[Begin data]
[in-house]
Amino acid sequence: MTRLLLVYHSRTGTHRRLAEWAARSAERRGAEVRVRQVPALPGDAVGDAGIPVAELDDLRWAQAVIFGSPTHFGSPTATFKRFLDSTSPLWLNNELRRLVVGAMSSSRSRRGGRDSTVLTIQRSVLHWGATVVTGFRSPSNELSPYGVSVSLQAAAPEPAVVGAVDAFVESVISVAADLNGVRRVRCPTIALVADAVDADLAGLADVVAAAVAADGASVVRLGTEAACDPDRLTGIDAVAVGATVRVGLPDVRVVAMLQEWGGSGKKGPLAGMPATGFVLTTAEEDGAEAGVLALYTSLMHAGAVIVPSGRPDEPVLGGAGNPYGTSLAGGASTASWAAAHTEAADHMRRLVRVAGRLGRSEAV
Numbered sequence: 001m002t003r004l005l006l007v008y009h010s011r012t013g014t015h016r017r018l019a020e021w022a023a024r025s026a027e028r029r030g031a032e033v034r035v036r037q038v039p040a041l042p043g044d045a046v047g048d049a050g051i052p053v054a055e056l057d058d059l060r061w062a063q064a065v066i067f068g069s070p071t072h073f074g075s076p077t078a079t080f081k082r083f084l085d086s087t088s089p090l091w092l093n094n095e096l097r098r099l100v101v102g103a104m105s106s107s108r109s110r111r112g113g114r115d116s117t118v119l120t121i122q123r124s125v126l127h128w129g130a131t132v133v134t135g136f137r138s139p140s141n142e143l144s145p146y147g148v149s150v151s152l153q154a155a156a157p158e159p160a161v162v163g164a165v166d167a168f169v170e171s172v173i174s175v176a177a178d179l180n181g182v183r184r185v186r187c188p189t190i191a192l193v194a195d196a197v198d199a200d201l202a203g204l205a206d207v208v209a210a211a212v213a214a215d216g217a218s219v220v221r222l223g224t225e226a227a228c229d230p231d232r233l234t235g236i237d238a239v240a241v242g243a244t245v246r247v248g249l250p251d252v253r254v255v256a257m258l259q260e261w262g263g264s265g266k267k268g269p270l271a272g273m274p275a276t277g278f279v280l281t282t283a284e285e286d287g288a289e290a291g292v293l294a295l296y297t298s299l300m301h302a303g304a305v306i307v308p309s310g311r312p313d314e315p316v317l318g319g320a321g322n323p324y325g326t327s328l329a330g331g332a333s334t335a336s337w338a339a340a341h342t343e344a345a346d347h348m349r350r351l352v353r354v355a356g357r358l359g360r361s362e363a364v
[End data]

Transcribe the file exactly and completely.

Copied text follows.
[in-house]
Amino acid sequence: MTRLLLVYHSRTGTHRRLAEWAARSAERRGAEVRVRQVPALPGDAVGDAGIPVAELDDLRWAQAVIFGSPTHFGSPTATFKRFLDSTSPLWLNNELRRLVVGAMSSSRSRRGGRDSTVLTIQRSVLHWGATVVTGFRSPSNELSPYGVSVSLQAAAPEPAVVGAVDAFVESVISVAADLNGVRRVRCPTIALVADAVDADLAGLADVVAAAVAADGASVVRLGTEAACDPDRLTGIDAVAVGATVRVGLPDVRVVAMLQEWGGSGKKGPLAGMPATGFVLTTAEEDGAEAGVLALYTSLMHAGAVIVPSGRPDEPVLGGAGNPYGTSLAGGASTASWAAAHTEAADHMRRLVRVAGRLGRSEAV
Numbered sequence: 001m002t003r004l005l006l007v008y009h010s011r012t013g014t015h016r017r018l019a020e021w022a023a024r025s026a027e028r029r030g031a032e033v034r035v036r037q038v039p040a041l042p043g044d045a046v047g048d049a050g051i052p053v054a055e056l057d058d059l060r061w062a063q064a065v066i067f068g069s070p071t072h073f074g075s076p077t078a079t080f081k082r083f084l085d086s087t088s089p090l091w092l093n094n095e096l097r098r099l100v101v102g103a104m105s106s107s108r109s110r111r112g113g114r115d116s117t118v119l120t121i122q123r124s125v126l127h128w129g130a131t132v133v134t135g136f137r138s139p140s141n142e143l144s145p146y147g148v149s150v151s152l153q154a155a156a157p158e159p160a161v162v163g164a165v166d167a168f169v170e171s172v173i174s175v176a177a178d179l180n181g182v183r184r185v186r187c188p189t190i191a192l193v194a195d196a197v198d199a200d201l202a203g204l205a206d207v208v209a210a211a212v213a214a215d216g217a218s219v220v221r222l223g224t225e226a227a228c229d230p231d232r233l234t235g236i237d238a239v240a241v242g243a244t245v246r247v248g249l250p251d252v253r254v255v256a257m258l259q260e261w262g263g264s265g266k267k268g269p270l271a272g273m274p275a276t277g278f279v280l281t282t283a284e285e286d287g288a289e290a291g292v293l294a295l296y297t298s299l300m301h302a303g304a305v306i307v308p309s310g311r312p313d314e315p316v317l318g319g320a321g322n323p324y325g326t327s328l329a330g331g332a333s334t335a336s337w338a339a340a341h342t343e344a345a346d347h348m349r350r351l352v353r354v355a356g357r358l359g360r361s362e363a364v